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Profile: First Nations University of Canada

More about some of the people from the 8th Fire TV series.


Saskatchewan's First Nations University of Canada (FNUC) attracts Aboriginal students looking for an alternative to mainstream Canadian universities, where they often make up only one percent.

Those who do make it are a minority, about eighty percent of Aboriginal youth never make it to college or university at all.

Students say they are drawn to FNUC because of the curriculum (which incorporates Aboriginal issues) and the supportive community.

Meet three of those students: Cassandra Opikokew, Penny Smoke and Jacob Pratt.


Cassandra Opikokew is a member of Canoe Lake Cree Nation and was raised in Meadow Lake, in northern Saskatchewan.

She graduated from FNUC two years ago with a certificate in Indian Communication Arts.

"First Nations University is not some academic institution that's meant to be off in a corner. It was something that was built from a grassroots effort by Aboriginal people in this country to control our own education." she says.

Cassandra is now working on an M.A. in Public Administration at the University of Regina. Her research focuses on policy aimed at increasing the number of Aboriginals getting post secondary education in Saskatchewan.

She is critical of the government policies regarding Aboriginal education. The government will "choose to spend money in one way or the other. They're going to choose to spend it on jails and institutions, and medical facilities and child welfare, or they can choose to invest in education and see greater returns in the end," she says.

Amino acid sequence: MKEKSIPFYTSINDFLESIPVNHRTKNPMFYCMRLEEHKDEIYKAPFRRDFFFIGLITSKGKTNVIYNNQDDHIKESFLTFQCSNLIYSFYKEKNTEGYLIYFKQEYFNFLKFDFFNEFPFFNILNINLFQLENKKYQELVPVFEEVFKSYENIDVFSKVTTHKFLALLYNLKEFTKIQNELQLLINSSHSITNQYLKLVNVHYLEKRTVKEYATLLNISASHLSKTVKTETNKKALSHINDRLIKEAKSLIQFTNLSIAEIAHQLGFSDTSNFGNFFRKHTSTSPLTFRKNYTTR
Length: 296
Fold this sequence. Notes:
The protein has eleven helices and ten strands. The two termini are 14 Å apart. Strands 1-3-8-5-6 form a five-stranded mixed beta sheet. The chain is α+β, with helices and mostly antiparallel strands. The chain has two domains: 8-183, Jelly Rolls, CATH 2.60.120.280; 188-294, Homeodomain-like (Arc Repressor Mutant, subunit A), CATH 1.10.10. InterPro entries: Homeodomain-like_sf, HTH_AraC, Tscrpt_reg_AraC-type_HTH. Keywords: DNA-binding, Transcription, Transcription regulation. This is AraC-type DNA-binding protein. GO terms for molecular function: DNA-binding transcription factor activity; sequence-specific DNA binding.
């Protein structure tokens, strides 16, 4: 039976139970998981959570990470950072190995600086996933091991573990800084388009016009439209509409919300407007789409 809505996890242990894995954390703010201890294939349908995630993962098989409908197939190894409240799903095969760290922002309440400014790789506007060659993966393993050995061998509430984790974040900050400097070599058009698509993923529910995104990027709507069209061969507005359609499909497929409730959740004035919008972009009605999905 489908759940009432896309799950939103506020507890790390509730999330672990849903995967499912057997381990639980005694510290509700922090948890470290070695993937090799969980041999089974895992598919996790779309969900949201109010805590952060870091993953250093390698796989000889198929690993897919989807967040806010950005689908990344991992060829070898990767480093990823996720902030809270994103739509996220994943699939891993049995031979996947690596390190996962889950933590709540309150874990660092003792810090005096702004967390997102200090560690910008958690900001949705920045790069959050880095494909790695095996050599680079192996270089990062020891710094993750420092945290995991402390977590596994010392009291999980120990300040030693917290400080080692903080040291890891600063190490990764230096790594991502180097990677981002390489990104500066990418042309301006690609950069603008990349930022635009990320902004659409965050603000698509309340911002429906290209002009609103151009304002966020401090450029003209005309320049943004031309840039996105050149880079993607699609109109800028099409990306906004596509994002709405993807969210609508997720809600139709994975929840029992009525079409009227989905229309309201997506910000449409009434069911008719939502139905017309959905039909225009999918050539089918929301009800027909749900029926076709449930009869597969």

Penny Smoke is a Cree who grew up on the Kawacatoose First Nation in southeastern Saskatchewan. She's studying journalism.

Seventy percent of the students at the university are women. Like Penny, many of them are single mothers. She has three children and she says she wants them "to know that it's normal for kids to go to school every day".

Her grandmother, a medicine woman, told her "today, education is our buffalo", meaning that education is the way of survival in the new world.

Penny's dream is to tell the stories of Aboriginal people at a network like APTN.


Jacob Pratt is a Dakota / Saulteaux. He's studying business management at FNUC and is also a traditional flute player who performs internationally .

Along with his studies, Jacob is also an active volunteer. He teaches young "at-risk" kids and teens. He says that sharing his cultural heritage is a way of honouring those who taught him.

"I chose First Nations University because it's an institution where my people are represented. We're surrounded by our languages, even the structure of the building is based on First Nations culture. "

Jacob released his first album in 2011 and was awarded best flute CD at the Aboriginal Peoples Choice Music Awards.


First Nations University of Canada